It's a debate on where to stream the presidential debate.
The face-off will be virtually identical on both social networks. But that doesn't mean your experience will be. Which social network should you tune into? That depends on how much you want to throw down yourself.
"Facebook is more akin to being [in] a living room where you have your friends and you have your relatives, it's personal," said Omar Akhtar, an analyst at research firm Altimeter. "Twitter is like the town square. Everyone is loudly proclaiming their opinions, it's out to the public."
Twitter's open platform makes it possible for you to see reactions in real time and search for top comments. Facebook's privacy settings make it hard for public conversations, but friends and family will likely weigh in.
All the way Live
While their approaches may differ, both social networks are using live video to hook users and gain relevancy during marquee moments. Twitter has been packing on shows for its growing network of live streams, including games from Major League Baseball, the National Basketball Association and the National Football League. Facebook has signed deals with hundreds of celebrities and publishers to stream through its Live platform.
Twitter and Facebook both hope to hook political junkies during Trump and Clinton's first presidential debate. The two social networks first faced off at the Democratic and Republican national conventions with competing stream.
Facebook has the advantage on reach, with 1.7 billion active monthly users versus Twitter's 313 million. In their first match-up from the conventions, Facebook, which partnered with ABC News, received 28 million video views. Twitter did not release viewership numbers for its convention streams, part of a partnership with CBS News. (Disclosure: CBS is the parent company of CNET.)
But where Twitter lacks in reach, it makes up for in speed. The social network is known for its live, quick reactions from users during mass media events.
"Twitter may have an advantage here because they have been marketing themselves as a real-time news and information service for many years," said Gartner analyst Brian Blau. "They are in tune with real-time events, I would say a bit more than Facebook."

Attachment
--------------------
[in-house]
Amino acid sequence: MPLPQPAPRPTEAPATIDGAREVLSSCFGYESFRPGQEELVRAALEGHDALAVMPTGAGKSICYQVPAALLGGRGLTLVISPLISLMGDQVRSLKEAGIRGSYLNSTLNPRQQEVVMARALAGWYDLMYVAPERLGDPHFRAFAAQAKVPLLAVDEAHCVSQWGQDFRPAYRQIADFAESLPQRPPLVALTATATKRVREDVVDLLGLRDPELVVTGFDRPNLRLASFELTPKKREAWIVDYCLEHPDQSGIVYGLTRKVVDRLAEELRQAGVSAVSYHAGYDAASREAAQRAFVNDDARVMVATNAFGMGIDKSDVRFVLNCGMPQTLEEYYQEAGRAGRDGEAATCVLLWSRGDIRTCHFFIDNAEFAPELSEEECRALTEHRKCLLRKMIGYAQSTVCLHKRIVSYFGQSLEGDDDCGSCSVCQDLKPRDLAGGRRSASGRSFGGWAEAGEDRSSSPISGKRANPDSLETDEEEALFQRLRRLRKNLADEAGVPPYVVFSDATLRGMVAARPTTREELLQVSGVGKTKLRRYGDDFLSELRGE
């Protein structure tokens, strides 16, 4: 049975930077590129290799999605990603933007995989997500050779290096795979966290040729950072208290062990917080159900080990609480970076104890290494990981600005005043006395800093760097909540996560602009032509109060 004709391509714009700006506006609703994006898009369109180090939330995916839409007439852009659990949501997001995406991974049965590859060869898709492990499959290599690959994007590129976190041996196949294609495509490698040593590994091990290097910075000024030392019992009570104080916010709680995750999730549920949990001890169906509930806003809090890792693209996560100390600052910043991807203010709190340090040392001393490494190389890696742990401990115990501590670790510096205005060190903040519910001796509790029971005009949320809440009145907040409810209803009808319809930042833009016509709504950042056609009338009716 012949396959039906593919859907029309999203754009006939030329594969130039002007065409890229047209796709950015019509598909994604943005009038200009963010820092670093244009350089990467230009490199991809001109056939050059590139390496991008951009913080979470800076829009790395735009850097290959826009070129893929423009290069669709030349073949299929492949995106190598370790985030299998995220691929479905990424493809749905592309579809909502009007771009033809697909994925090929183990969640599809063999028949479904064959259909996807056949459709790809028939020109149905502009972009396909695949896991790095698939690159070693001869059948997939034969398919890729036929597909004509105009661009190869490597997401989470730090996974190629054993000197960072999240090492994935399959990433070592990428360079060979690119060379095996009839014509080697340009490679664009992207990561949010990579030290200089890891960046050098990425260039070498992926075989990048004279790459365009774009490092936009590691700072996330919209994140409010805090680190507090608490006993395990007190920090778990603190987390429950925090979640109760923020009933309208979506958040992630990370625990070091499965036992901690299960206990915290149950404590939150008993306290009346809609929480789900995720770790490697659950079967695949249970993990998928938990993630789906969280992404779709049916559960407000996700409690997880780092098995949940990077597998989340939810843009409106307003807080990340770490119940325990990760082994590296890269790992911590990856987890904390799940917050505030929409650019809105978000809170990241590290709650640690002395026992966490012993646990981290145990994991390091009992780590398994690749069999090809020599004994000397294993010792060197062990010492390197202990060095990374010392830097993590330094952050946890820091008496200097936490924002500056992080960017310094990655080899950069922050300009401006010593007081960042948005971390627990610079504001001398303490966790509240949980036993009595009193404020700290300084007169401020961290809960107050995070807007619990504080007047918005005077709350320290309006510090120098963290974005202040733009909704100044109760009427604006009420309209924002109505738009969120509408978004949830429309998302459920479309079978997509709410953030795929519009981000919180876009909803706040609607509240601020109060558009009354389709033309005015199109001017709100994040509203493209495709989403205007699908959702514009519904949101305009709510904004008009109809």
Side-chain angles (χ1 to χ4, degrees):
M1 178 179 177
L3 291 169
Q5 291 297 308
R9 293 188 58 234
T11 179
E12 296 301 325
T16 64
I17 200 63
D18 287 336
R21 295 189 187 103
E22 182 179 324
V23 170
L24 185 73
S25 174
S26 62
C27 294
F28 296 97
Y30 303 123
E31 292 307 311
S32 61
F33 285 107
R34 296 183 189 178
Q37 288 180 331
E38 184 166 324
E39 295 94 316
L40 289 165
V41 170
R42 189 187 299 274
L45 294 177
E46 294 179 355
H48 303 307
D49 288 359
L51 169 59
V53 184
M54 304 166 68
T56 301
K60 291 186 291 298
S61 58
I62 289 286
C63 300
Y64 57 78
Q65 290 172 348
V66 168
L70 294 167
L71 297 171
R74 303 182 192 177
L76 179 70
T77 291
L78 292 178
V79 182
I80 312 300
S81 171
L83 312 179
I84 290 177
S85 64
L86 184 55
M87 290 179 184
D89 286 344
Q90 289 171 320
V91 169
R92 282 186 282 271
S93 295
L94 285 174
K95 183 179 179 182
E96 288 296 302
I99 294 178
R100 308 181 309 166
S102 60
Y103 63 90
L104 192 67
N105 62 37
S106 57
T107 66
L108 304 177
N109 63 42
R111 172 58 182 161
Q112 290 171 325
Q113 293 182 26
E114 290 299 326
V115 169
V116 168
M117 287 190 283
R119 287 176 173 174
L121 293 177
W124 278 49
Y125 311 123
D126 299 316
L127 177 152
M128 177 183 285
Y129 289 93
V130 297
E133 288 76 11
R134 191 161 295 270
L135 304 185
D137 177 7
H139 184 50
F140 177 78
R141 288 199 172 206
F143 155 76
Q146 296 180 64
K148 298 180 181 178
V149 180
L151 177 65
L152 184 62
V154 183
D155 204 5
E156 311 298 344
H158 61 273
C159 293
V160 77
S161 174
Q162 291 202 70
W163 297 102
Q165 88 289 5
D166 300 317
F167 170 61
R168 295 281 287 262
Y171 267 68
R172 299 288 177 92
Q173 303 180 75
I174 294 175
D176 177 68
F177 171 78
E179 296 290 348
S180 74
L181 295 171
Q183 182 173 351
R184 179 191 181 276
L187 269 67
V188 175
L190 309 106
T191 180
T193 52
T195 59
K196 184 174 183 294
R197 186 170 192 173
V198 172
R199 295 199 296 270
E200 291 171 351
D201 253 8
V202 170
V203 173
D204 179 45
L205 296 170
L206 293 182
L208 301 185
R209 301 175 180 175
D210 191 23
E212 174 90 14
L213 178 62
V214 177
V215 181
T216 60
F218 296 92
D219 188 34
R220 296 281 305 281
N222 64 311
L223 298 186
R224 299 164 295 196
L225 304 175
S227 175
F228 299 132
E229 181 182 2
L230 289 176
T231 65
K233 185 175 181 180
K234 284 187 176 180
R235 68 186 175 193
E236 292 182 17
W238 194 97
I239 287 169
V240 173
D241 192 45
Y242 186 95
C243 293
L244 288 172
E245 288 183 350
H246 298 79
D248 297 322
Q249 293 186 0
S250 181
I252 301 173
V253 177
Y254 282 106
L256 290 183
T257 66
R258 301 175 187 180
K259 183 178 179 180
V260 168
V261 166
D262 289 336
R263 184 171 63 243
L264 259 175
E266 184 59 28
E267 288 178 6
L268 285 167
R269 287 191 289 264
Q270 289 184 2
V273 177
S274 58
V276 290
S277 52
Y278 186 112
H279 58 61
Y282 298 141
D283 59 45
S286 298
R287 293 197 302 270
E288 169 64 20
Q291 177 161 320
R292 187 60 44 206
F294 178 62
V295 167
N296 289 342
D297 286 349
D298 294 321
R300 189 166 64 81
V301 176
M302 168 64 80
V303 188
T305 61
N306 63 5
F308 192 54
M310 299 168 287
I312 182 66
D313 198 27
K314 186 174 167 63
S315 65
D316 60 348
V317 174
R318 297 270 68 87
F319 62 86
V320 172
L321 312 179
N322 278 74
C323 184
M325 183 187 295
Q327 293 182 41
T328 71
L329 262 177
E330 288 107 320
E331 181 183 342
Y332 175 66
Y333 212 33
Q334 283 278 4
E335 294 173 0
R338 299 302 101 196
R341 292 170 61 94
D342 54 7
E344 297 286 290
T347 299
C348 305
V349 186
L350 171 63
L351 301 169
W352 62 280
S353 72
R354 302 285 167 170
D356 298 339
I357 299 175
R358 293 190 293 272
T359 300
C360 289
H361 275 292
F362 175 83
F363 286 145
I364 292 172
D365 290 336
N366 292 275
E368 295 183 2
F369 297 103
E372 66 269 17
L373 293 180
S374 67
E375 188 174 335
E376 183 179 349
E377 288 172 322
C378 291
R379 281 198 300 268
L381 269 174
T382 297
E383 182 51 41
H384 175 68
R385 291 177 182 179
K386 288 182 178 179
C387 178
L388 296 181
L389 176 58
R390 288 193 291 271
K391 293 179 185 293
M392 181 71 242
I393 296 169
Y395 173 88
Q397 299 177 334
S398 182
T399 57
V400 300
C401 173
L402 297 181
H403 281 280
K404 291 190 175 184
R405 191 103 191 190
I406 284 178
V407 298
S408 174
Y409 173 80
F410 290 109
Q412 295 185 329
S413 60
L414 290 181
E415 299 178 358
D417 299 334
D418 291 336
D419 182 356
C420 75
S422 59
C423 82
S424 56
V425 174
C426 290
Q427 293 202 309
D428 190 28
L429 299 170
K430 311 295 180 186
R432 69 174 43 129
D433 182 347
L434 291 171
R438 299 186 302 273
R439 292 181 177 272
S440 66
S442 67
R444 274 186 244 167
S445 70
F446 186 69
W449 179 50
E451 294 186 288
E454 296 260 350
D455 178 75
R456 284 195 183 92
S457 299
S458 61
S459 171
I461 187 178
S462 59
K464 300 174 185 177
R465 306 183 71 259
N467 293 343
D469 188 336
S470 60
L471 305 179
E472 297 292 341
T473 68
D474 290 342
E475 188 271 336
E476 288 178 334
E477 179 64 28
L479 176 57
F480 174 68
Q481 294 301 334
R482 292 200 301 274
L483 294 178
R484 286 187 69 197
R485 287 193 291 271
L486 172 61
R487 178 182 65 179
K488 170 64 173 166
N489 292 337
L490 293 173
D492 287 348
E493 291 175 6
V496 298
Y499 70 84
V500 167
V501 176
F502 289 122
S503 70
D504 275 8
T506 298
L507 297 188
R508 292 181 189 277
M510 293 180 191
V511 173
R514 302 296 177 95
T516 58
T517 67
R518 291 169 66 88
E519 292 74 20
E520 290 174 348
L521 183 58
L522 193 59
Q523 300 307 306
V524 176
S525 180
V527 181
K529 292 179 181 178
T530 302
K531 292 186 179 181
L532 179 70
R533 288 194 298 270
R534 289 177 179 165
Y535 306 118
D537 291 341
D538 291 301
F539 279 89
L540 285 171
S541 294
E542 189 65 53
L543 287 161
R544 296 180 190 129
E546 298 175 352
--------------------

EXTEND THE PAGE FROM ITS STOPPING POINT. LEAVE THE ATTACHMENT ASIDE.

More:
This year's series of debates could sway undecided voters. Most of the convincing will likely be done on Twitter, where there's more of a free-flow exchange of ideas -- many conflicting.
Facebook users tend to shut out dissenting opinions by surrounding themselves with like-minded voices, Local Search Association analyst Greg Sterling said.
So while Facebook will likely win in terms of reach, Twitter has a better chance at influencing viewers.
"In terms of raw numbers, Facebook wins. But in terms of quality, Twitter offers a more interesting experience," Sterling said.
Content from the streams could be also be a major factor to attract viewers on both social networks.
Facebook will team up with ABC News again, while Twitter will partner with Bloomberg for the debates. Twitter users will be able to watch live either through debates.twitter.com, Twitter Moments or Bloomberg's account @bpolitics.
"As we move further into the election cycle, there continues to be a voracious appetite for live content and we know many users turn to Facebook to engage and participate in the conversation," ABC News's Vice President of Digital Colby Smith said in a statement.
ABC News will be using viewers' comments and questions as part of its coverage on Facebook Live. Bloomberg has also said it would use Twitter's reactions and analysis as part of its broadcast.
"Twitter is where the 2016 presidential election is happening every single day," Anthony Noto, Twitter's chief financial officer said in a statement.
The debates are scheduled for September 26, October 9 and October 19. The vice presidential candidates will also face off on October 4. Where will you be watching?